Frances McDormand’s best actress acceptance speech was a rallying cry for diversity and equality
At Sunday night’s Oscars, Frances McDormand won the Academy Award for best actress for her performance in the much-discussed Three Billboards Outside Ebbing, Missouri. Though the movie itself is more than a tad controversial, McDormand’s speech was a resounding call for diversity and equality in the wake of the initial wave of support for the #MeToo and Time’s Up movements that have been rocking Hollywood from top to bottom.
During her speech, McDormand asked every woman who was nominated for an award that night to stand, singling out Meryl Streep in particular, hoping she’d inspire the other women in the audience to follow along — and she did.
“We all have stories to tell and projects that need financing,” McDormand said.
McDormand ended her speech by urging those in the room to add a certain something to their contracts — an “inclusion rider.” If that left you scratching your head, here’s the skinny: A rider is a clause in an actor’s contract that stipulates a certain condition be met. An inclusion rider specifically can stipulate that a film’s cast and crew be filled by a certain percentage of nonwhite, nonmale people, for example.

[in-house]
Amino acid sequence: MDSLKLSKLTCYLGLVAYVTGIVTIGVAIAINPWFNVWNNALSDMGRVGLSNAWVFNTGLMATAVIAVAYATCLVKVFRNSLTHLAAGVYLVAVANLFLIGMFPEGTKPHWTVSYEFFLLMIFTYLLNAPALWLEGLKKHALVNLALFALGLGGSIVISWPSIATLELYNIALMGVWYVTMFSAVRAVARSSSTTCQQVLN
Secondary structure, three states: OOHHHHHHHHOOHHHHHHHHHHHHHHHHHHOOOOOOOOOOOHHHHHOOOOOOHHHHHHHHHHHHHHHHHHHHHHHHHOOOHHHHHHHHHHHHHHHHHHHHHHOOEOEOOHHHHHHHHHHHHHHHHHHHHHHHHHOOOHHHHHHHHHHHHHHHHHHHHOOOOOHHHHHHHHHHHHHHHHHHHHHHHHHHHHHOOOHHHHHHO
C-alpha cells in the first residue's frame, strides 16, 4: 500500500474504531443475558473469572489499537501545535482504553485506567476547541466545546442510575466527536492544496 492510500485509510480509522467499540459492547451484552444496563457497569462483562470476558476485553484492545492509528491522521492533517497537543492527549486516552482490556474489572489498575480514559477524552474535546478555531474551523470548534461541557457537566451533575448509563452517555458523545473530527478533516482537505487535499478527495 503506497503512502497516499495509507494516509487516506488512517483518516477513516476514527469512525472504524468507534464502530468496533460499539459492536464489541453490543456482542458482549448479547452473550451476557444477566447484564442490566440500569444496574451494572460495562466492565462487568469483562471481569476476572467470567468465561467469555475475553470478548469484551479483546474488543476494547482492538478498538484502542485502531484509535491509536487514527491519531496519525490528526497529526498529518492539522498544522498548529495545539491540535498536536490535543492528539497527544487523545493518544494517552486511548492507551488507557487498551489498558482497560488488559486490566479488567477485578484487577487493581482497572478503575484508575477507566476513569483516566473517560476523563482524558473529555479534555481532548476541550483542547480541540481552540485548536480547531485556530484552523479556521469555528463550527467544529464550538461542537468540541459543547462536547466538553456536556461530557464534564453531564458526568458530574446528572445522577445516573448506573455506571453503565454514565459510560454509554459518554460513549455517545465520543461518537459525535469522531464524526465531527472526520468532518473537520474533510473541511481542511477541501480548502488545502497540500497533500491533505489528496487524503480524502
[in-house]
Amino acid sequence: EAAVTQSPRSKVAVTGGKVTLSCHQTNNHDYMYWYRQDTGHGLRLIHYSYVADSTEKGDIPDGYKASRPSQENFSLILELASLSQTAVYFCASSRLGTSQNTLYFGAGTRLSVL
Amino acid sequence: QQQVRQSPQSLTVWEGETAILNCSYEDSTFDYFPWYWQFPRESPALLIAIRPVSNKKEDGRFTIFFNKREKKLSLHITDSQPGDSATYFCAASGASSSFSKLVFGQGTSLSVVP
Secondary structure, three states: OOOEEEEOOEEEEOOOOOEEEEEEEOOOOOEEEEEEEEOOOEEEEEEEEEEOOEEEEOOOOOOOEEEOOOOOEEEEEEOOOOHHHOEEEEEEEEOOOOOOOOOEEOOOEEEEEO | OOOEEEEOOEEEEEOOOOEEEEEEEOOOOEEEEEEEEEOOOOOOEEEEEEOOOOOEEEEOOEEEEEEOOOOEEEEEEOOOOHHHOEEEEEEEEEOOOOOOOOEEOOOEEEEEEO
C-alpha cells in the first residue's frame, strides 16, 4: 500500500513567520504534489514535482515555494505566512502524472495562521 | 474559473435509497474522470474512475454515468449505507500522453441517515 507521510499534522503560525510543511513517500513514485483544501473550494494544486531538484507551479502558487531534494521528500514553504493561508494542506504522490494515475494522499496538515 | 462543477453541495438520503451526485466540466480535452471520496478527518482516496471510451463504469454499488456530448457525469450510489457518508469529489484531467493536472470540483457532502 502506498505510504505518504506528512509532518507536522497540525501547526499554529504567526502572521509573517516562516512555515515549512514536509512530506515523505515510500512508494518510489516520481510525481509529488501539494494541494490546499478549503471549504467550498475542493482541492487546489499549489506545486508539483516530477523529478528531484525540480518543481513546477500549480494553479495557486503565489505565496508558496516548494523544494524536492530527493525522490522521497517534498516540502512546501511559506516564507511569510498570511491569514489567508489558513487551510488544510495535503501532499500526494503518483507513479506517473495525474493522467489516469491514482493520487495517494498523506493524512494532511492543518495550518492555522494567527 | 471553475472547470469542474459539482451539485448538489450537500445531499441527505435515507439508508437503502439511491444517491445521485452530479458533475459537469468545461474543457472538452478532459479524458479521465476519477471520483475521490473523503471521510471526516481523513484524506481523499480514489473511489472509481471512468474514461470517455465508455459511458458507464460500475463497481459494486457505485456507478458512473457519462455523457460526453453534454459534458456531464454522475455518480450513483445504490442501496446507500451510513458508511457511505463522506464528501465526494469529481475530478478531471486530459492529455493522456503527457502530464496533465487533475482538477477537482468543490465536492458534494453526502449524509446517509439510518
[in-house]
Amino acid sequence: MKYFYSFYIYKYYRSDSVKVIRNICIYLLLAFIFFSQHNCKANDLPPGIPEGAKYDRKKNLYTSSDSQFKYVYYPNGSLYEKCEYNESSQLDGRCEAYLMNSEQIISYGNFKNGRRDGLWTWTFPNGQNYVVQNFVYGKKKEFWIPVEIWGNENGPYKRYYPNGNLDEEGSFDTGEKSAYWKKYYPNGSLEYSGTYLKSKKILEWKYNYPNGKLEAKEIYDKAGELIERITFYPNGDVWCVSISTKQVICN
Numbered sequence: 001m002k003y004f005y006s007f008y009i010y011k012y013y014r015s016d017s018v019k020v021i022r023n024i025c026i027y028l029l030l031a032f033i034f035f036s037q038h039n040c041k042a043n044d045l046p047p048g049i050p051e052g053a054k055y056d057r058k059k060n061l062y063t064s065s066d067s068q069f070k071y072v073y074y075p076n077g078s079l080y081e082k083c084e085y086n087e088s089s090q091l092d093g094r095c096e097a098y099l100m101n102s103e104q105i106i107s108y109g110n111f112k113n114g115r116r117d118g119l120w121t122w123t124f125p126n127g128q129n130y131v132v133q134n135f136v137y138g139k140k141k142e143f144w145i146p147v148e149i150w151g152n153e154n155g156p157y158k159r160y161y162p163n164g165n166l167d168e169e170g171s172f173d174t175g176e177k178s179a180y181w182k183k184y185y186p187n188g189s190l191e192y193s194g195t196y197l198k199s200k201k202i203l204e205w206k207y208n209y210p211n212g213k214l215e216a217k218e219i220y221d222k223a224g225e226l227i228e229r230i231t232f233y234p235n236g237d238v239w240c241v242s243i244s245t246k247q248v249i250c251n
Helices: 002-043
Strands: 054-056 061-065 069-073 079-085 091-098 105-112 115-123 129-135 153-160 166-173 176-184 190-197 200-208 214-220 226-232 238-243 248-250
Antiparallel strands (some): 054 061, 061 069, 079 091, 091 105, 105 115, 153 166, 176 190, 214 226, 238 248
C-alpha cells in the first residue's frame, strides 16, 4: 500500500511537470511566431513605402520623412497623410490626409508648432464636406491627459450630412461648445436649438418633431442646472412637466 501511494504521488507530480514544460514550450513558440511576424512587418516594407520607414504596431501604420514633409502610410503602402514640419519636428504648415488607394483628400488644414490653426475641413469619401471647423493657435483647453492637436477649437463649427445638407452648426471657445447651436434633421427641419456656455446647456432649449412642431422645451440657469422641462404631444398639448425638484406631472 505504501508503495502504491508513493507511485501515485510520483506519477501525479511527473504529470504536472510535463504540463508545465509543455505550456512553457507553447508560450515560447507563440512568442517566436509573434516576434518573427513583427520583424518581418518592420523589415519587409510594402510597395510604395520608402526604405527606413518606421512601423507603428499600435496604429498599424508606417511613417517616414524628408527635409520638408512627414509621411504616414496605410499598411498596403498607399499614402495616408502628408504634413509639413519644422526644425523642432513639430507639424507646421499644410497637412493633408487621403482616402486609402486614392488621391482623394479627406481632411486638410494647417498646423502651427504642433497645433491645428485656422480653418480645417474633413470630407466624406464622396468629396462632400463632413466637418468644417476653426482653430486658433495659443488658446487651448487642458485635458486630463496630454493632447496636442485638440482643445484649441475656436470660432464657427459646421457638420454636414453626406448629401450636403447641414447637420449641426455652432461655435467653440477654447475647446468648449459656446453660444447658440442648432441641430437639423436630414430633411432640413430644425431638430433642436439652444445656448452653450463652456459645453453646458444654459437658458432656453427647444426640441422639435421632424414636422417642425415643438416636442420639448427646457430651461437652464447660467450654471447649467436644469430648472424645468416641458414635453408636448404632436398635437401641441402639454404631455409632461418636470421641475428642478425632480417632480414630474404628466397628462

Essentially, McDormand used her entire platform at the Oscars to advocate that other actors use their positions of power to make the film industry more inclusive. Ideally, McDormand would’ve had such a platform for a movie that wasn’t so mired in controversy — but she undeniably made the best of her moment.
After McDorman’s speech, host Jimmy Kimmel seemed taken aback. “I hope Frances McDormand wins an Emmy for that speech she just gave,” he said. Same, Jimmy. Same.